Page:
...The first authority I came to see as illegitimate was government, shortly after discovering Ron Paul in 2008. I stumbled upon his campaign like a rabbit hole that led me to question all of society’s rules. Soon after, I started to question my religion — Christianity. How much of it had been made up, twisted, and contrived — in collusion with the government — to support the powers that be?
Along with the fear of God, I cast off any respect for parental authority I once had. Since the punitive, authoritarian man in the clouds was no longer real to me, who was to say children should obey their parents? I educated myself about peaceful parenting and became determined to treat my daughter as a free, autonomous person with inalienable rights, not as my property.
Gay Marriage Deepens Romantic Inequality
Government incentives for marriage — gay or straight — discriminate against single and polyamorous individuals. Part of the reason gay people are so exuberant about the Supreme Court’s legalization of same-sex marriage — aside from the symbolism of wider cultural acceptance — is the bribes government gives people for committing to a lifetime of coupled monogamy.
From income-tax breaks to estate planning benefits to Social Security and insurance benefits to the right to make medical decisions for one’s spouse, there are all kinds of carrots dangled in front of Americans as rewards for getting hitched. Instead of putting unmarried individuals on equal footing with married people, the government has chosen to appease the masses by blessing another category of monogamous couples with the privileges of marriage—those of the same sex.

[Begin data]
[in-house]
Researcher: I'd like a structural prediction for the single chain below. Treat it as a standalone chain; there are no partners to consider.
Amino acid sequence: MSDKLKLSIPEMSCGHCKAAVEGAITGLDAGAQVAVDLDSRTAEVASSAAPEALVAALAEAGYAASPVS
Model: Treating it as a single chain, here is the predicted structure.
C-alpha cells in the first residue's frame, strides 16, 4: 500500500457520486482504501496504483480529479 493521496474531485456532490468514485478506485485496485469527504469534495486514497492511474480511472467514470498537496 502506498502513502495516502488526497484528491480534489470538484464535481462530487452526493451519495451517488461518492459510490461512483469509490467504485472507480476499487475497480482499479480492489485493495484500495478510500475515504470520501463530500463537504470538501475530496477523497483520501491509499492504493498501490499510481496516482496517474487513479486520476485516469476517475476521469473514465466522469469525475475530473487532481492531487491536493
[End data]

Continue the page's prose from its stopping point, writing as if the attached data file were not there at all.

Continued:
This is discrimination, plain and simple. It discriminates against single people who have no formal romantic relationships and a growing number of people who identify as polyamorous, who maintain multiple romantic relationships at once. The government has no business incentivizing any type of romantic or non-romantic behavior. It has no business rewarding us or penalizing us based on our relationship status.
By granting gay couples the same “privileges” as straight couples, we are widening the gap of inequality between coupled and non-coupled individuals...
Sara is a former reporter for The Carolina Journal in Raleigh, North Carolina. She and her partner, Brad, are now raising their daughter together in Asheville, North Carolina, where they’ve started The Real Food Truck. In her spare time, she blogs about their new journey into polyamory at polyamorydiaries.com.
As you might expect, The Federalist prints a rebuttal, Polyamory Is Bad For Kids, Polyamorists, And Society (by D. C. McAllister, July 7). She misquotes Deborah Anapol's Polyamory in the 21st Century to the effect that poly is all horse manure all the time, rather than a string of disappointments for some too-eager newbies who can't make it work.
● A friendly piece by a staffer at Religion News Service: #LoveWins for gay couples, but for polygamy activists, the fight continues (June 30, 2015). About Roberts' dissent, Brian Pellot writes that it raises
Good, progressive questions from a man playing devil’s advocate while inadvertently advancing pro-poly rhetoric that will likely come back to bite him. Dissenting Justices Alito and Scalia asked similar poly-affirming questions during oral arguments in the case.
The fight for LGBTQ+ rights in America is far from over, but after last week’s major win, it’s worth properly reflecting on the important questions Roberts and his fellow dissenters have raised about polygamy (briefly setting aside their fear mongering motives in doing so)....
So is polygamy passé? [Is it] the next slide on our slippery slope to damnation? [Or] the next rung on our steep climb towards full civil rights and equality in America?
Whatever your take, there’s no denying that last week’s SCOTUS opinions broke our collective silence on poly rights. If Friday’s ruling was about dignity and equality, as Justice Kennedy made clear, this is a debate we must continue.
In my next post: the return of Slate's poly-dismissive William Saletan.
Labels: Supreme Court: Obergefell